St Paul and his way

When ST Paul left for his mission in foreign countries, he was instructed by Apostle Peter to spread the word. Apostle Paul went from country to country teaching. He ran into a problem. That is that other people had entrenched cultural values and traditions they where proud of.

As Christianity spread apostle Paul found he had to relate and meld into the pre existing culture. Apostle Peter didn’t understand this but Paul had incredible success. He respected the culture and traditions of these people.

Jodo Shin Shu is propagating Shinran’s teachings around the world. Japanese American frequently do not imitate their Japanese counter parts. As Shinshu spreads in The America’s and Europe, there are certain elements of Japanese culture that do not factor into the new societies adapting.

In Brazil, Reverend Mauricio Hondaku says: “We know that Buddhism officially arrived when our mission here in Brazil was established with Higashi Honganji in the ’50s, but even before that, local lay people started to build temples and asked Japan to send ministers. In 1952 we established the central administration here at Jodoshu Betsuin, the main temple in São Paolo. Today we have 27 temples in Brazil, one in Argentina, and another in Paraguay, and we just established a dojo—not a temple but a group of practitioners—in Colombia.”

During the 19th century, Japanese immigrants began arriving in Hawaii, the United States, Canada, Mexico and South America (especially in Brazil). Many immigrants to North America came from regions in which Jōdo Shinshū was predominant, and maintained their religious identity in their new country. The Honpa Hongwanji Mission of Hawaii, the Buddhist Churches of America and the Jodo Shinshu Buddhist Temples of Canada (formerly Buddhist Churches of Canada) are several of the oldest Buddhist organizations outside of Asia. Jōdo Shinshū continues to remain relatively unknown outside the ethnic community because of the history of Japanese American and Japanese-Canadian internment during World War II, which caused many Shin temples to focus on rebuilding the Japanese-American Shin sangha rather than encourage outreach to non-Japanese. Today, many Shinshū temples outside Japan continue to have predominantly ethnic Japanese members, although interest in Buddhism and intermarriage contribute to a more diverse community. There are also active Jōdo Shinshū sanghas in the United Kingdom,[11] Europe, Australia, and Africa, with members of diverse ethnicities.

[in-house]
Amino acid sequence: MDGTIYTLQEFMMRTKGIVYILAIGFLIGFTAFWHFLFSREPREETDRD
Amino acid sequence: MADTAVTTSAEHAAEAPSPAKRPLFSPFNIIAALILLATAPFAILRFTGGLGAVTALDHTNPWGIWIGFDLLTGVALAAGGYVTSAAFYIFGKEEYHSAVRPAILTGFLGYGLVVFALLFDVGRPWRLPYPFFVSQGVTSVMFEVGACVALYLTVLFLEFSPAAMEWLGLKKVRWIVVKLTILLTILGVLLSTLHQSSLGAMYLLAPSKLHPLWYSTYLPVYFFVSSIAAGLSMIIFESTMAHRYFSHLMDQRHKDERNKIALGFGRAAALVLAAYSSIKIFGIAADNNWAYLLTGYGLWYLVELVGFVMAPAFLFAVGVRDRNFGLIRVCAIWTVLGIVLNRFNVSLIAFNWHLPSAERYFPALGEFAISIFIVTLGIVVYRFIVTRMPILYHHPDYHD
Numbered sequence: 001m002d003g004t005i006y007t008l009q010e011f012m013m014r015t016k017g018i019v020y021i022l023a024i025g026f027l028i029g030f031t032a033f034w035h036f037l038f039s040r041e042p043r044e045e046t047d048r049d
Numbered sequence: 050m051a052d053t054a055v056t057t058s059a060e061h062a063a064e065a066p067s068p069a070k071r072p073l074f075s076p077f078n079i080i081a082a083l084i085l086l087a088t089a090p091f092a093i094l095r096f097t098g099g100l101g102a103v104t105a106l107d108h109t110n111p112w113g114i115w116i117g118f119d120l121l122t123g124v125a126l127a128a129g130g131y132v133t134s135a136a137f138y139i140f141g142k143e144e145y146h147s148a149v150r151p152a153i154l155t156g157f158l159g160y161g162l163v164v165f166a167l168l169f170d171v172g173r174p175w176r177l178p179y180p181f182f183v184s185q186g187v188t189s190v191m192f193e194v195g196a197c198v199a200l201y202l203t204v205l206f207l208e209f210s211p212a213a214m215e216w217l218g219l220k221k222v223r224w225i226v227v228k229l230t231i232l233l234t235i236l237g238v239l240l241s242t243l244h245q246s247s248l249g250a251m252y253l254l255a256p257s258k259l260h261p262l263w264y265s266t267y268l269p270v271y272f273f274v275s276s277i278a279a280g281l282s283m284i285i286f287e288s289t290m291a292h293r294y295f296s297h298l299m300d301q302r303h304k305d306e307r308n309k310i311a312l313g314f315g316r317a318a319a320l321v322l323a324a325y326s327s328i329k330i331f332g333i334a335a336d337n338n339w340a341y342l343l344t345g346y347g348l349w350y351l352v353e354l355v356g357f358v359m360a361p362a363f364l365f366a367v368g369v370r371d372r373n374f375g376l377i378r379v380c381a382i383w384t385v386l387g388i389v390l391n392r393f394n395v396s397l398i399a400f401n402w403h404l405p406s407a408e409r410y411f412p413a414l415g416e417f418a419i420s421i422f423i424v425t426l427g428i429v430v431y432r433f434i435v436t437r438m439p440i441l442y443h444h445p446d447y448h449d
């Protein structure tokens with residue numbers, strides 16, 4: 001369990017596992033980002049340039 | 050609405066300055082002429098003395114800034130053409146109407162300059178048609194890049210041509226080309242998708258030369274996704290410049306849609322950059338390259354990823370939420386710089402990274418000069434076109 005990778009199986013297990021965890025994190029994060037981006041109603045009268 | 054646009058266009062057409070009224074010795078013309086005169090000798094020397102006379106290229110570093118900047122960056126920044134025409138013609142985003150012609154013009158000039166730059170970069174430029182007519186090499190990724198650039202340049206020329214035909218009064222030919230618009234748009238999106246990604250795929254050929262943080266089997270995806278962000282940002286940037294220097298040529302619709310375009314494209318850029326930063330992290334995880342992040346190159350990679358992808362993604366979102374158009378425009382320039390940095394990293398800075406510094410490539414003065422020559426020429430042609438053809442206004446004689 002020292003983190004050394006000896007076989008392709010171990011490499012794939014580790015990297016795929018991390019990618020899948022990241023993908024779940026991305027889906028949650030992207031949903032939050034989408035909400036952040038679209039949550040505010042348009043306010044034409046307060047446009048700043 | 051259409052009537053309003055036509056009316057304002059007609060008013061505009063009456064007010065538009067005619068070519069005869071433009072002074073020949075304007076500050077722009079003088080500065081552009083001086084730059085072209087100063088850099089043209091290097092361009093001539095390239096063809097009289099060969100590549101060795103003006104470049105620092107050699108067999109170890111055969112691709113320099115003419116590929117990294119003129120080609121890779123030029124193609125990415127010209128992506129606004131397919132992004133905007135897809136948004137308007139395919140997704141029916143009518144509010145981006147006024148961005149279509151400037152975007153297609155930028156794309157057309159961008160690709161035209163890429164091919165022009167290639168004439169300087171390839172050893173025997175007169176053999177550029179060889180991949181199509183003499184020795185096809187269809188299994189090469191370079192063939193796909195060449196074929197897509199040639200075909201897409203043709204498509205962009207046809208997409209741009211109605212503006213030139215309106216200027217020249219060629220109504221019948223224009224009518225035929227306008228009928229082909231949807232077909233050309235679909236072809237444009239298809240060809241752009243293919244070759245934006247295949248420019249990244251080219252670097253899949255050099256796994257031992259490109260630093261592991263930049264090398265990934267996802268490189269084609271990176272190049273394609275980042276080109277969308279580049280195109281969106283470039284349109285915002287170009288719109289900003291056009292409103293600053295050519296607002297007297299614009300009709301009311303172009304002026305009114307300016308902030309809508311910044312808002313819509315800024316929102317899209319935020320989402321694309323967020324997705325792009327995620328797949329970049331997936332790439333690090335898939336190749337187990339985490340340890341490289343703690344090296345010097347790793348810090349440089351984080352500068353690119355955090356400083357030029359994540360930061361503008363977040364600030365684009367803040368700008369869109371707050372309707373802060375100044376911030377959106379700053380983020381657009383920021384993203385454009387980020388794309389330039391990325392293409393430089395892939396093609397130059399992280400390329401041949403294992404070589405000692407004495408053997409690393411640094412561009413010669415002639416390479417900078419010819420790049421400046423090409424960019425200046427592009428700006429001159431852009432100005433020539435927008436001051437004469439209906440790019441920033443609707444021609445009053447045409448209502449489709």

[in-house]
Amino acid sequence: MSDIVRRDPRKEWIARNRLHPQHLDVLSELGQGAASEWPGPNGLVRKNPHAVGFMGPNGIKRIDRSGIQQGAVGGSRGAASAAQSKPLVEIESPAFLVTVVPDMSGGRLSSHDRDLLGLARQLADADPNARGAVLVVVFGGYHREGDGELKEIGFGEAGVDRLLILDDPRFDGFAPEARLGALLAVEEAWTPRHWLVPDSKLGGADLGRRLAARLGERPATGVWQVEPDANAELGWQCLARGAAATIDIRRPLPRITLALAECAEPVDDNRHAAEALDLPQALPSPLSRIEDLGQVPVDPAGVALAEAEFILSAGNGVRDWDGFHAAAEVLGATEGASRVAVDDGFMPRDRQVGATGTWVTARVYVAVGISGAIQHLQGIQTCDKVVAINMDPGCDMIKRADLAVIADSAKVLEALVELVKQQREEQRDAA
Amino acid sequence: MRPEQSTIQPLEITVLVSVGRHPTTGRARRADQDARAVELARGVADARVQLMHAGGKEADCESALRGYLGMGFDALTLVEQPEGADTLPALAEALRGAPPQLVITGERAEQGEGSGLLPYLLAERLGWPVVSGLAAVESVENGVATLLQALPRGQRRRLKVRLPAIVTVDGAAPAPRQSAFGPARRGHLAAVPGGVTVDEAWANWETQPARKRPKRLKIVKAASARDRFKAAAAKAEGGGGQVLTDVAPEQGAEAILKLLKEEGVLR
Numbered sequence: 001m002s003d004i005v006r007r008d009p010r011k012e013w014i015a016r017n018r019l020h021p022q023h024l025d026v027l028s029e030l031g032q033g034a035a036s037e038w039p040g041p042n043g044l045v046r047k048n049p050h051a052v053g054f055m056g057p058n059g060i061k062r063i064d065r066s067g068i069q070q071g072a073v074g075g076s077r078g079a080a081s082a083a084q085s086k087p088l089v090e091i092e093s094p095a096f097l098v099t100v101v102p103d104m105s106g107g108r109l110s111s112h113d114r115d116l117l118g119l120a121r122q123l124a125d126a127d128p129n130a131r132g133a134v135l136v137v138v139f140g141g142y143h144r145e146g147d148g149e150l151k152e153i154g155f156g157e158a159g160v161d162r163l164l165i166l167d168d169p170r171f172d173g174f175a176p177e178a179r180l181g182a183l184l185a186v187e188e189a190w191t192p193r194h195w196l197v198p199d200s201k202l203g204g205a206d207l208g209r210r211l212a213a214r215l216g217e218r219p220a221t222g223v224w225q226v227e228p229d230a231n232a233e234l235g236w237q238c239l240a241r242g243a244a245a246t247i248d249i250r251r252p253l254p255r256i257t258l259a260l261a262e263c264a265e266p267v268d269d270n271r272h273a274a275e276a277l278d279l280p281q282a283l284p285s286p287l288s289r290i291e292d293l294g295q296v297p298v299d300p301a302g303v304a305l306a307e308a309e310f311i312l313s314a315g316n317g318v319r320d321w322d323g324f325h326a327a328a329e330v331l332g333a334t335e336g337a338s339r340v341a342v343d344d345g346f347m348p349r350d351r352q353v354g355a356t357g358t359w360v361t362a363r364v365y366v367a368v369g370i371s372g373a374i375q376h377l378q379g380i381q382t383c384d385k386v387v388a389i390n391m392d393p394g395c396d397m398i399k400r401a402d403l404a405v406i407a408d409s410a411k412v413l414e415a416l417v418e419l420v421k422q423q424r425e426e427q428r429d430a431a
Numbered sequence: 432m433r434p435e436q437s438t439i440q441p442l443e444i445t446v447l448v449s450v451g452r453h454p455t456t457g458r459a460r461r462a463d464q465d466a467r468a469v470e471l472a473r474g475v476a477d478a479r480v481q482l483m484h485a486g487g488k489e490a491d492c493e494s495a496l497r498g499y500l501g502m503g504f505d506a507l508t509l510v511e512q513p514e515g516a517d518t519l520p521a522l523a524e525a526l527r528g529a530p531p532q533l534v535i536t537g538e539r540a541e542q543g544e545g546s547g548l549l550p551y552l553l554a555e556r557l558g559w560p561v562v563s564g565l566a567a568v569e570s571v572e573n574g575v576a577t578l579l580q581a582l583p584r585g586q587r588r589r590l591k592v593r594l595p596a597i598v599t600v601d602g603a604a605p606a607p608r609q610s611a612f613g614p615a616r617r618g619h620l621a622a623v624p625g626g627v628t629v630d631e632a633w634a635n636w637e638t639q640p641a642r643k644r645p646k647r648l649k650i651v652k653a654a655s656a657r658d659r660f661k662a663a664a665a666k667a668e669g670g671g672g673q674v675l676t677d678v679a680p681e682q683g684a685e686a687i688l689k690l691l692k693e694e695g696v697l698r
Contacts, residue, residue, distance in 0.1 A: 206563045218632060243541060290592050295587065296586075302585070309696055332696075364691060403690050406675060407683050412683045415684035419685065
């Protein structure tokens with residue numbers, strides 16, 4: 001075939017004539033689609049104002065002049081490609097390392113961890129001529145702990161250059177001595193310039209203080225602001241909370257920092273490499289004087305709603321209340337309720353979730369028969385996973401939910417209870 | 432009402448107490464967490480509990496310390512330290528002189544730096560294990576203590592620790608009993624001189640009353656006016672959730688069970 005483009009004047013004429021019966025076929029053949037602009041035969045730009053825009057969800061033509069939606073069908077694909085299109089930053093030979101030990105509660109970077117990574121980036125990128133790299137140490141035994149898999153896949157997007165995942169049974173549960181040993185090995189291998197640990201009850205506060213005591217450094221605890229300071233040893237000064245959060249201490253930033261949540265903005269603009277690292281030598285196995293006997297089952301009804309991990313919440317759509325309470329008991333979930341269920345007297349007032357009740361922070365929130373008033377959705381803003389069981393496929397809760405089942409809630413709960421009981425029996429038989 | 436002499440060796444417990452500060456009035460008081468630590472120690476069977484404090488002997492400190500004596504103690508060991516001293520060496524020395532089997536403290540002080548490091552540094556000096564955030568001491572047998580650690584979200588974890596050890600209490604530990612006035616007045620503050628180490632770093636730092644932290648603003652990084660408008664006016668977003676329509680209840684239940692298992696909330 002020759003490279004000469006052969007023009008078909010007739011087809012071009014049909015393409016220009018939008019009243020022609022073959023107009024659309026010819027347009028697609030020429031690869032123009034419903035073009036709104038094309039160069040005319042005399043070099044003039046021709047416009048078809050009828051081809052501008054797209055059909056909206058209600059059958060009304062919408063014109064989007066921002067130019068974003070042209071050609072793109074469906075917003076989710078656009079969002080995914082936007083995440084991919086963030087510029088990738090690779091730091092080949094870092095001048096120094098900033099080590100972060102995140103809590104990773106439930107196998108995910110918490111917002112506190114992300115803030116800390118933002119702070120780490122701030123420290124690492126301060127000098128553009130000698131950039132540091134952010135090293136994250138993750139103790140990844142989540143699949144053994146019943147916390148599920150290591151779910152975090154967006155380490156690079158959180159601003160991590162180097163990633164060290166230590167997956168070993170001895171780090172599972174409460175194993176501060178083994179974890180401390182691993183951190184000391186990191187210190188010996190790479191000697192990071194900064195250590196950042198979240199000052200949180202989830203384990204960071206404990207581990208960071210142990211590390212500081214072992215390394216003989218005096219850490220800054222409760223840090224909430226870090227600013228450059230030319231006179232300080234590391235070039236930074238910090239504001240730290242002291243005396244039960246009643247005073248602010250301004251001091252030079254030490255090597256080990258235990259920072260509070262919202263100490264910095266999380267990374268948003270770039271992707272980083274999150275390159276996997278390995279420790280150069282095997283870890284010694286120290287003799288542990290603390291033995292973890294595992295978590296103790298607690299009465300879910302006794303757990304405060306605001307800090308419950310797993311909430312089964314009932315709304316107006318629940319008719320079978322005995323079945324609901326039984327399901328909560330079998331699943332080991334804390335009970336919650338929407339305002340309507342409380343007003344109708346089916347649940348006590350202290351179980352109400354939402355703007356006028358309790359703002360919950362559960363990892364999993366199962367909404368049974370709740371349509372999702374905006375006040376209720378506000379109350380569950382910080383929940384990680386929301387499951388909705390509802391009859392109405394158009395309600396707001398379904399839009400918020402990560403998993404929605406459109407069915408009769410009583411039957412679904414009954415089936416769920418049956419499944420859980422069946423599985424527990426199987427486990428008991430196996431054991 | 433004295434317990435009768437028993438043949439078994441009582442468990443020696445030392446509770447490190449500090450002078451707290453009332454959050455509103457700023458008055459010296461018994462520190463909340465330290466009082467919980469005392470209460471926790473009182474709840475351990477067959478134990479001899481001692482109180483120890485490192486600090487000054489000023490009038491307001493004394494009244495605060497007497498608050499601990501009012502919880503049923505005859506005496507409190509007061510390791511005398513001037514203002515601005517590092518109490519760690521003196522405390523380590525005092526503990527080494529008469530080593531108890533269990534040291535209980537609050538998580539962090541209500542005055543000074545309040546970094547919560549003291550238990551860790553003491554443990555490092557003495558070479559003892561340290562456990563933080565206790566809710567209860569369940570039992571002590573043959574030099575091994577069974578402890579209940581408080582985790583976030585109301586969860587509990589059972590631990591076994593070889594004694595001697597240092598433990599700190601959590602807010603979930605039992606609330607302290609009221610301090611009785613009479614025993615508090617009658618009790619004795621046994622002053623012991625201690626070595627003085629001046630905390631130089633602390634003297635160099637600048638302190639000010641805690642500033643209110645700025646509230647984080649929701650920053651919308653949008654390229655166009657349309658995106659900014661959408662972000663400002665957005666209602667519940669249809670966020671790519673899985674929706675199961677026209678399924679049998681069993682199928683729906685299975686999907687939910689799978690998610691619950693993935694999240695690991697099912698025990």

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About Tino Rozzo

Politician-Philosopher. Has several Cookbooks published. Politician, ran for office many times since 2000. Leader American Labor Party and Living Universal Basic Income. Phd in Philosophy Buddhist Studies.
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